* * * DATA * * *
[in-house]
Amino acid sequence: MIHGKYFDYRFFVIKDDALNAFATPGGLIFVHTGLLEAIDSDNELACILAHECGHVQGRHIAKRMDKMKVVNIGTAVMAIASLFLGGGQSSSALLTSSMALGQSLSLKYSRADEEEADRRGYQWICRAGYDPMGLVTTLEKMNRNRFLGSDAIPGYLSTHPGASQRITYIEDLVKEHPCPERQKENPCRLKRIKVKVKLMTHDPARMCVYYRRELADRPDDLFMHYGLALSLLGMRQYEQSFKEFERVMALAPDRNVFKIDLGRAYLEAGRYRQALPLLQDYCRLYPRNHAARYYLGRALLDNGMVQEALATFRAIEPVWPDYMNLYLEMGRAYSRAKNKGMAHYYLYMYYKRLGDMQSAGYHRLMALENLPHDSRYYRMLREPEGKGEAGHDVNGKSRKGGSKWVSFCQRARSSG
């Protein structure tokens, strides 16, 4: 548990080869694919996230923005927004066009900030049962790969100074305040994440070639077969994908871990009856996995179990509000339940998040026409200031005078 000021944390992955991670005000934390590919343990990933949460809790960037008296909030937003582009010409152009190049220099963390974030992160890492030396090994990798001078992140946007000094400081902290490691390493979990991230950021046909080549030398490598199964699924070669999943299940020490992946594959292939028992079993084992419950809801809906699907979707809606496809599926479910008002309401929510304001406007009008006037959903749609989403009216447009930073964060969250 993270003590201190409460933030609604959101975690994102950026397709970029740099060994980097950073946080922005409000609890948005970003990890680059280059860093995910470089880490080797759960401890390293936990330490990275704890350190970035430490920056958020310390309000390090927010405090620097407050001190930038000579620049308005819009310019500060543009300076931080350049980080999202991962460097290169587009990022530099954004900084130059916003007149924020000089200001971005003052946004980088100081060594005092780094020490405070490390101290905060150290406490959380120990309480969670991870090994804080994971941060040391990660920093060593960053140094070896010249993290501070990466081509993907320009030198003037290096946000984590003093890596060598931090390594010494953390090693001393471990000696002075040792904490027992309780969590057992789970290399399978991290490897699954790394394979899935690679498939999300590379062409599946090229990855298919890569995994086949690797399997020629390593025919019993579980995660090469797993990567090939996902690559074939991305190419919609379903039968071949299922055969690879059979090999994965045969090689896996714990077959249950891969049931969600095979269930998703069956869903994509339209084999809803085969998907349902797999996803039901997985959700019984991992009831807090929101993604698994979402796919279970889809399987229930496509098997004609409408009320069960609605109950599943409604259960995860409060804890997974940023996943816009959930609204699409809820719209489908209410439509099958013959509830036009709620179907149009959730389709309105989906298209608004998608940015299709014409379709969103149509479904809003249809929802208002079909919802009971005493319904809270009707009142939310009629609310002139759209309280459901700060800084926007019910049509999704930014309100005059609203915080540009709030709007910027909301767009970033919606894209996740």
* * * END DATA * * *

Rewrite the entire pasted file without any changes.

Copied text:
[in-house]
Amino acid sequence: MIHGKYFDYRFFVIKDDALNAFATPGGLIFVHTGLLEAIDSDNELACILAHECGHVQGRHIAKRMDKMKVVNIGTAVMAIASLFLGGGQSSSALLTSSMALGQSLSLKYSRADEEEADRRGYQWICRAGYDPMGLVTTLEKMNRNRFLGSDAIPGYLSTHPGASQRITYIEDLVKEHPCPERQKENPCRLKRIKVKVKLMTHDPARMCVYYRRELADRPDDLFMHYGLALSLLGMRQYEQSFKEFERVMALAPDRNVFKIDLGRAYLEAGRYRQALPLLQDYCRLYPRNHAARYYLGRALLDNGMVQEALATFRAIEPVWPDYMNLYLEMGRAYSRAKNKGMAHYYLYMYYKRLGDMQSAGYHRLMALENLPHDSRYYRMLREPEGKGEAGHDVNGKSRKGGSKWVSFCQRARSSG
């Protein structure tokens, strides 16, 4: 548990080869694919996230923005927004066009900030049962790969100074305040994440070639077969994908871990009856996995179990509000339940998040026409200031005078 000021944390992955991670005000934390590919343990990933949460809790960037008296909030937003582009010409152009190049220099963390974030992160890492030396090994990798001078992140946007000094400081902290490691390493979990991230950021046909080549030398490598199964699924070669999943299940020490992946594959292939028992079993084992419950809801809906699907979707809606496809599926479910008002309401929510304001406007009008006037959903749609989403009216447009930073964060969250 993270003590201190409460933030609604959101975690994102950026397709970029740099060994980097950073946080922005409000609890948005970003990890680059280059860093995910470089880490080797759960401890390293936990330490990275704890350190970035430490920056958020310390309000390090927010405090620097407050001190930038000579620049308005819009310019500060543009300076931080350049980080999202991962460097290169587009990022530099954004900084130059916003007149924020000089200001971005003052946004980088100081060594005092780094020490405070490390101290905060150290406490959380120990309480969670991870090994804080994971941060040391990660920093060593960053140094070896010249993290501070990466081509993907320009030198003037290096946000984590003093890596060598931090390594010494953390090693001393471990000696002075040792904490027992309780969590057992789970290399399978991290490897699954790394394979899935690679498939999300590379062409599946090229990855298919890569995994086949690797399997020629390593025919019993579980995660090469797993990567090939996902690559074939991305190419919609379903039968071949299922055969690879059979090999994965045969090689896996714990077959249950891969049931969600095979269930998703069956869903994509339209084999809803085969998907349902797999996803039901997985959700019984991992009831807090929101993604698994979402796919279970889809399987229930496509098997004609409408009320069960609605109950599943409604259960995860409060804890997974940023996943816009959930609204699409809820719209489908209410439509099958013959509830036009709620179907149009959730389709309105989906298209608004998608940015299709014409379709969103149509479904809003249809929802208002079909919802009971005493319904809270009707009142939310009629609310002139759209309280459901700060800084926007019910049509999704930014309100005059609203915080540009709030709007910027909301767009970033919606894209996740």